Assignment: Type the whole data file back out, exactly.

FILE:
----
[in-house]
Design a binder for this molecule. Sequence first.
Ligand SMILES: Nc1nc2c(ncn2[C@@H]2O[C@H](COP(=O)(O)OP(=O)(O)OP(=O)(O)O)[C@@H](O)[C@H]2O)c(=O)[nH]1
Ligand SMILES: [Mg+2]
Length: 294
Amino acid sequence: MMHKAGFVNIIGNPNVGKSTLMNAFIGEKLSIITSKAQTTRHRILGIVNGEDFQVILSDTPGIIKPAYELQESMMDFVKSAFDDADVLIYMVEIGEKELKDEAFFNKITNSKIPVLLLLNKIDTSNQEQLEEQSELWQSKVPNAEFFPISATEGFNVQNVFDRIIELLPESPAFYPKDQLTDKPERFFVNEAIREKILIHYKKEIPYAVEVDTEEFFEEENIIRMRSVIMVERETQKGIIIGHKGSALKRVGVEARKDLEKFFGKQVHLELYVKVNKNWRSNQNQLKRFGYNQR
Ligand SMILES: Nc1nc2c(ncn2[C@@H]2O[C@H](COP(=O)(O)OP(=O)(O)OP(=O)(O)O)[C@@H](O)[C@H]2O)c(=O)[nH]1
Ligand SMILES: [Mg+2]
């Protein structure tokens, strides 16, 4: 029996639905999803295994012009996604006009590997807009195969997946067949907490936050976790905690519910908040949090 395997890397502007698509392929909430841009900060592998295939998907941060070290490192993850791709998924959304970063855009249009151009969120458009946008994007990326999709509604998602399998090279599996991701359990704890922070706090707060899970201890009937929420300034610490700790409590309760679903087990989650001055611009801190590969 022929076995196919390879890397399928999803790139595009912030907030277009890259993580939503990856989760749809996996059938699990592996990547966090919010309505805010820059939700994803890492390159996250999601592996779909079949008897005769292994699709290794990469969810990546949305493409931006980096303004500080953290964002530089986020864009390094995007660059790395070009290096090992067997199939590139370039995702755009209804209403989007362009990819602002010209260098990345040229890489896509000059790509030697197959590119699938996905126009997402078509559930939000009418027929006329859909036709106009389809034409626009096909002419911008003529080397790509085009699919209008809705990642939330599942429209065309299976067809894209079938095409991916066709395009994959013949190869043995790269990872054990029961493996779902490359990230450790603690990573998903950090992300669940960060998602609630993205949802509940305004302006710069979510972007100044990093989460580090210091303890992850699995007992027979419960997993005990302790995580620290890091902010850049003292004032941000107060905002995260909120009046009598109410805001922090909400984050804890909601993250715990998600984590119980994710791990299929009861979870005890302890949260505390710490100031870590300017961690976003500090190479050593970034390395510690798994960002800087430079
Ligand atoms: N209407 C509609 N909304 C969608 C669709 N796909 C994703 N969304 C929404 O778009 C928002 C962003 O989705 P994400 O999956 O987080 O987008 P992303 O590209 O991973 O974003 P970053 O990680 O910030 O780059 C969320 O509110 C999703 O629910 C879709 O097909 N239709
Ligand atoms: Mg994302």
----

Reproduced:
[in-house]
Design a binder for this molecule. Sequence first.
Ligand SMILES: Nc1nc2c(ncn2[C@@H]2O[C@H](COP(=O)(O)OP(=O)(O)OP(=O)(O)O)[C@@H](O)[C@H]2O)c(=O)[nH]1
Ligand SMILES: [Mg+2]
Length: 294
Amino acid sequence: MMHKAGFVNIIGNPNVGKSTLMNAFIGEKLSIITSKAQTTRHRILGIVNGEDFQVILSDTPGIIKPAYELQESMMDFVKSAFDDADVLIYMVEIGEKELKDEAFFNKITNSKIPVLLLLNKIDTSNQEQLEEQSELWQSKVPNAEFFPISATEGFNVQNVFDRIIELLPESPAFYPKDQLTDKPERFFVNEAIREKILIHYKKEIPYAVEVDTEEFFEEENIIRMRSVIMVERETQKGIIIGHKGSALKRVGVEARKDLEKFFGKQVHLELYVKVNKNWRSNQNQLKRFGYNQR
Ligand SMILES: Nc1nc2c(ncn2[C@@H]2O[C@H](COP(=O)(O)OP(=O)(O)OP(=O)(O)O)[C@@H](O)[C@H]2O)c(=O)[nH]1
Ligand SMILES: [Mg+2]
């Protein structure tokens, strides 16, 4: 029996639905999803295994012009996604006009590997807009195969997946067949907490936050976790905690519910908040949090 395997890397502007698509392929909430841009900060592998295939998907941060070290490192993850791709998924959304970063855009249009151009969120458009946008994007990326999709509604998602399998090279599996991701359990704890922070706090707060899970201890009937929420300034610490700790409590309760679903087990989650001055611009801190590969 022929076995196919390879890397399928999803790139595009912030907030277009890259993580939503990856989760749809996996059938699990592996990547966090919010309505805010820059939700994803890492390159996250999601592996779909079949008897005769292994699709290794990469969810990546949305493409931006980096303004500080953290964002530089986020864009390094995007660059790395070009290096090992067997199939590139370039995702755009209804209403989007362009990819602002010209260098990345040229890489896509000059790509030697197959590119699938996905126009997402078509559930939000009418027929006329859909036709106009389809034409626009096909002419911008003529080397790509085009699919209008809705990642939330599942429209065309299976067809894209079938095409991916066709395009994959013949190869043995790269990872054990029961493996779902490359990230450790603690990573998903950090992300669940960060998602609630993205949802509940305004302006710069979510972007100044990093989460580090210091303890992850699995007992027979419960997993005990302790995580620290890091902010850049003292004032941000107060905002995260909120009046009598109410805001922090909400984050804890909601993250715990998600984590119980994710791990299929009861979870005890302890949260505390710490100031870590300017961690976003500090190479050593970034390395510690798994960002800087430079
Ligand atoms: N209407 C509609 N909304 C969608 C669709 N796909 C994703 N969304 C929404 O778009 C928002 C962003 O989705 P994400 O999956 O987080 O987008 P992303 O590209 O991973 O974003 P970053 O990680 O910030 O780059 C969320 O509110 C999703 O629910 C879709 O097909 N239709
Ligand atoms: Mg994302």